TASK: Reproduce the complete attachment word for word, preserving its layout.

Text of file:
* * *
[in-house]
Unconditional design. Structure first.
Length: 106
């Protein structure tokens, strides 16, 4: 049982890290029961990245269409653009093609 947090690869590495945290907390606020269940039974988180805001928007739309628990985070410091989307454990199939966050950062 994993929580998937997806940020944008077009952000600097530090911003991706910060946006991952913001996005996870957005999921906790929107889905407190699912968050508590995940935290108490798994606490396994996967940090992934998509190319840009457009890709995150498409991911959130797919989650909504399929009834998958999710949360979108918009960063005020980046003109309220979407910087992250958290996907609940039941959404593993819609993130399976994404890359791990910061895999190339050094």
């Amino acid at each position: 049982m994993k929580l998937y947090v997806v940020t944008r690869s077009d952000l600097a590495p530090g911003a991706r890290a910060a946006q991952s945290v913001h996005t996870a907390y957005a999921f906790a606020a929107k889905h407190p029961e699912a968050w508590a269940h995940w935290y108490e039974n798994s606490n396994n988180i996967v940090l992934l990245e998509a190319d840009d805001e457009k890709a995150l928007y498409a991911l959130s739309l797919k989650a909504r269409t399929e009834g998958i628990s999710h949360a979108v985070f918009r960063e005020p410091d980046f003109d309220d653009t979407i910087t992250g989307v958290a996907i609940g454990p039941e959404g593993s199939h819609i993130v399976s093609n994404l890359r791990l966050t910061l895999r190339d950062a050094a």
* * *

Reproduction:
[in-house]
Unconditional design. Structure first.
Length: 106
């Protein structure tokens, strides 16, 4: 049982890290029961990245269409653009093609 947090690869590495945290907390606020269940039974988180805001928007739309628990985070410091989307454990199939966050950062 994993929580998937997806940020944008077009952000600097530090911003991706910060946006991952913001996005996870957005999921906790929107889905407190699912968050508590995940935290108490798994606490396994996967940090992934998509190319840009457009890709995150498409991911959130797919989650909504399929009834998958999710949360979108918009960063005020980046003109309220979407910087992250958290996907609940039941959404593993819609993130399976994404890359791990910061895999190339050094």
């Amino acid at each position: 049982m994993k929580l998937y947090v997806v940020t944008r690869s077009d952000l600097a590495p530090g911003a991706r890290a910060a946006q991952s945290v913001h996005t996870a907390y957005a999921f906790a606020a929107k889905h407190p029961e699912a968050w508590a269940h995940w935290y108490e039974n798994s606490n396994n988180i996967v940090l992934l990245e998509a190319d840009d805001e457009k890709a995150l928007y498409a991911l959130s739309l797919k989650a909504r269409t399929e009834g998958i628990s999710h949360a979108v985070f918009r960063e005020p410091d980046f003109d309220d653009t979407i910087t992250g989307v958290a996907i609940g454990p039941e959404g593993s199939h819609i993130v399976s093609n994404l890359r791990l966050t910061l895999r190339d950062a050094a």